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In Linux, when process asks for some (virtual) memory from system, it just registered in vma (descriptor of process's virtual memory) but physical page for every virtual is not reserved at time of call. Later, when process will access this page, it will be faulted (access will generate Page Fault interrupt), and PF# handler will allocate physical page and update process page table.

There are two cases: fault when reading may turn into link to zero page (special global pre-zeroed page) which is write-protected; and fault on writing (both on zero-page and on just-required-yet-not-physically mapped page) will result in actual private physical page allocation.

For mmaps (and brk/sbrk, which is internally mmap too) this method is per-page; all mmaped regions are registered as whole in vma (they have begin and end addresses). But stack is handled in other way, because it has only start address (higher one on typical platform; grow to lower addresses).

The question is:

When I access new unallocated memory near stack, it will get PF# and grow. How this growing handled, if I access not the page next to stack, but the page which is 10 or 100 pages away from stack?


int main() {
  int *a = alloca(100); /* some useful data */
  int *b = alloca(50*4096); /* skip 49 pages */
  int *c = alloca(100);

 /* no accesses to b - this is untouched hole of 49 pages */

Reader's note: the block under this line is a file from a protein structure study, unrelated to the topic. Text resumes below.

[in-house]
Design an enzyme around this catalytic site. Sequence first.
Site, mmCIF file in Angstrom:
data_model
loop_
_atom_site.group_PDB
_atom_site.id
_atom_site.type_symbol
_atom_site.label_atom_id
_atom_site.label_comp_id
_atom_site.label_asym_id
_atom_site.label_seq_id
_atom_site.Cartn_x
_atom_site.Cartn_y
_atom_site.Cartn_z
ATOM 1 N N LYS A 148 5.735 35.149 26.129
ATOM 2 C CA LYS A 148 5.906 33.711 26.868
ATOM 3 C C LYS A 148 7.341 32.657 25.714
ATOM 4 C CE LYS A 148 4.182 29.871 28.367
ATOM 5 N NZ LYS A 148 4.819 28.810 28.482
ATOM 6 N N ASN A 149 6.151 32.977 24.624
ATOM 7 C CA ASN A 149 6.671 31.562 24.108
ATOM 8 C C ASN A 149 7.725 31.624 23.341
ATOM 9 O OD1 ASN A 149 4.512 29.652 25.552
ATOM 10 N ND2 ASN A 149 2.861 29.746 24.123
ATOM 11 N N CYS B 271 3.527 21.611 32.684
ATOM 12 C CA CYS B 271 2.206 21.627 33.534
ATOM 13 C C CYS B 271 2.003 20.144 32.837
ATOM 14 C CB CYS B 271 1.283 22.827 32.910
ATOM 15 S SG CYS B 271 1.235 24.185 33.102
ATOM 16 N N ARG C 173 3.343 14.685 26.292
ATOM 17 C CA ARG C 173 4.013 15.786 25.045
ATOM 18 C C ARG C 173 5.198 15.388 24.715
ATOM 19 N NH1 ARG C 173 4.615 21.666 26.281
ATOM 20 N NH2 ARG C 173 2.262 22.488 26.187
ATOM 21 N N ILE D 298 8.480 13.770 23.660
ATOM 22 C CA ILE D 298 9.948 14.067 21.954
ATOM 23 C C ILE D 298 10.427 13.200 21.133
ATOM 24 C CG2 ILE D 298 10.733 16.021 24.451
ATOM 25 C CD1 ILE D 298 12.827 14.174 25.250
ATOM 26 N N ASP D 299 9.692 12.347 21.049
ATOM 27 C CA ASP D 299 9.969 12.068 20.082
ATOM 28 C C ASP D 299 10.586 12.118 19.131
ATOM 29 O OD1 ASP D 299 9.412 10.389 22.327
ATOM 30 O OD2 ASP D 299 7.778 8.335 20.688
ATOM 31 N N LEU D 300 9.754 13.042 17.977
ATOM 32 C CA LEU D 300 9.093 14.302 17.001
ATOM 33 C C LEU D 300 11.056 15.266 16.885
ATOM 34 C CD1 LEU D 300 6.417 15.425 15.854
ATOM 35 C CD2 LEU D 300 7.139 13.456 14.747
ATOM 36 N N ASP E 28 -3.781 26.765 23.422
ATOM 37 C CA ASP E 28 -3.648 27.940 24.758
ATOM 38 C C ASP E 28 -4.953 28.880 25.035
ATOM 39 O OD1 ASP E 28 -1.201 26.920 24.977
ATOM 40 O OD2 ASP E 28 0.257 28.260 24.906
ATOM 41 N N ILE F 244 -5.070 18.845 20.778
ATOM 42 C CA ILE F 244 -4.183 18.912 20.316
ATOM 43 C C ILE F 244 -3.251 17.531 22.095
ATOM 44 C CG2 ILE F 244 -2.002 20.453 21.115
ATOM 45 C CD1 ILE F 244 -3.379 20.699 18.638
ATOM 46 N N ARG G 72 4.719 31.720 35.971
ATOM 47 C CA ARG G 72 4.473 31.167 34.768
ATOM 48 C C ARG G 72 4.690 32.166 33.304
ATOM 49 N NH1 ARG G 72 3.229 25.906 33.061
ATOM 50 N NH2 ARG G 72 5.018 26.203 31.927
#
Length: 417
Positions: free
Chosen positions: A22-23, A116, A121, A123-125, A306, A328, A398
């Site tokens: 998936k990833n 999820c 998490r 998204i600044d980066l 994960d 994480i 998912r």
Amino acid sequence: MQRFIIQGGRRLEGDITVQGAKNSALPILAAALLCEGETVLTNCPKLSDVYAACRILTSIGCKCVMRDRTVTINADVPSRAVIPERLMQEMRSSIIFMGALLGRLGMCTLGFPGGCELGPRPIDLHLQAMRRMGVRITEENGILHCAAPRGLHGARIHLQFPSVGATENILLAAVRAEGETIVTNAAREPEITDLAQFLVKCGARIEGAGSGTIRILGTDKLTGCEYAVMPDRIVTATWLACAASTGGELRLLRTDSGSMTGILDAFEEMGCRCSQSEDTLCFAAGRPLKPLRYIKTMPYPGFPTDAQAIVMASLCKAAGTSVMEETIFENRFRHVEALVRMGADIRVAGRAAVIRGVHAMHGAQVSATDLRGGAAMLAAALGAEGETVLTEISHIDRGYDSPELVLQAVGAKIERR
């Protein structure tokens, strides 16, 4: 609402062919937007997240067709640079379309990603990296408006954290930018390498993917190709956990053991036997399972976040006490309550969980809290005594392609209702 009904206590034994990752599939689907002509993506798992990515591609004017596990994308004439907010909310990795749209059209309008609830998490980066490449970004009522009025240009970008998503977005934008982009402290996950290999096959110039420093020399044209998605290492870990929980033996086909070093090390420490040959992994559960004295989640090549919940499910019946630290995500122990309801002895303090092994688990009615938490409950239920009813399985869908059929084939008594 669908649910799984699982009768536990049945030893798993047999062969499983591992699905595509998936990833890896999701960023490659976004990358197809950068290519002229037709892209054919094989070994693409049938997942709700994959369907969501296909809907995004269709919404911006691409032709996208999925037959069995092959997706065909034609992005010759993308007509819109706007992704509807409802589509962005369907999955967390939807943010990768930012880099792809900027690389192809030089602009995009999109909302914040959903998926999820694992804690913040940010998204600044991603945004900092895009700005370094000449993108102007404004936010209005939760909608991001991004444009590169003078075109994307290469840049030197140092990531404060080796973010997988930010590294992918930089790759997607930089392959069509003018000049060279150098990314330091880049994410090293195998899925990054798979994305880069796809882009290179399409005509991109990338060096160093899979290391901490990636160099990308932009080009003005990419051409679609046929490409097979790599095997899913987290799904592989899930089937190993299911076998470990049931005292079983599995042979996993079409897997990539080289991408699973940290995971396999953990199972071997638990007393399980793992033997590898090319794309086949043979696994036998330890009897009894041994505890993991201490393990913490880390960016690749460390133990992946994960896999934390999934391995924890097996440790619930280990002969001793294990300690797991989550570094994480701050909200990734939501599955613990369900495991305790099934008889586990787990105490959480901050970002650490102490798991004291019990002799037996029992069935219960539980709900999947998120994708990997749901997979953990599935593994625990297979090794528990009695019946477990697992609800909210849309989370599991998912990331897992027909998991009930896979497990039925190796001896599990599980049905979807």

Will this program get 2 or 50 private physical pages allocated for stack?

I think it can be profitable to ask kernel to allocate tens physical pages in single pagefault then do tens pagefaults allocating page by page (1 interrupt + 1 context-switch + simple, cache-friendly loop over N page-allocation requests versus N interrupts + N context-switches + N page allocations, when mm code may be evicted from Icache).

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Thanks for an interesting question. (+1) – NPE Dec 19 '12 at 10:13
up vote 2 down vote accepted

The automatic growing of the stack can be thought of as automatic calls to mremap to resize the virtual address region that counts as "stack". Once that's handled, page faults to the stack area or to a vanilla mmap region are handled the same, i.e., one page at a time.

Thus you should end up with ~2 pages allocated, not ~51. @perreal's empirical answer validates this ...

To the last part of the question, the cost of contiguous page faults is one of the factors that lead to the development of "huge pages". I don't think there are other ways in Linux to "batch" page fault handling. Maybe madvise might do something but I suspect its mostly optimizing the really expensive part of page faults which is looking up the backing pages on storage). Stack page faults which map to zero pages are relatively lightweight by comparison.

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And mlock(2) will prefault too. – osgx Dec 23 '12 at 0:30

With this code:

int main() {
  int *a = alloca(100); /* some useful data */
  int *b = alloca(50*4096); /* skip 49 pages */
  int *c = alloca(100);
  int i;
#if TOUCH > 0
  a[0] = 1;               // [1]
#if TOUCH > 1
  c[0] = 1;               // [2]
#if TOUCH > 2
  for (i=0; i<25; i++)    // [3]
    b[i*1024] = 1;
#if TOUCH > 3
  for (i=25; i<50; i++)   // [4]
    b[i*1024] = 1;
  return 0;

And this script:

for i in 1 2 3 4; do
  gcc d.c -DTOUCH=$i
  echo "Upto [$i]" $(perf stat ./a.out 2>&1 | grep page-faults)

The output:

Upto [1] 105 page-faults # 0.410 M/sec
Upto [2] 106 page-faults # 0.246 M/sec
Upto [3] 130 page-faults # 0.279 M/sec
Upto [4] 154 page-faults # 0.290 M/sec
share|improve this answer
So, around 104 page-faults are for the program code and its libraries.. – osgx May 27 '13 at 1:48

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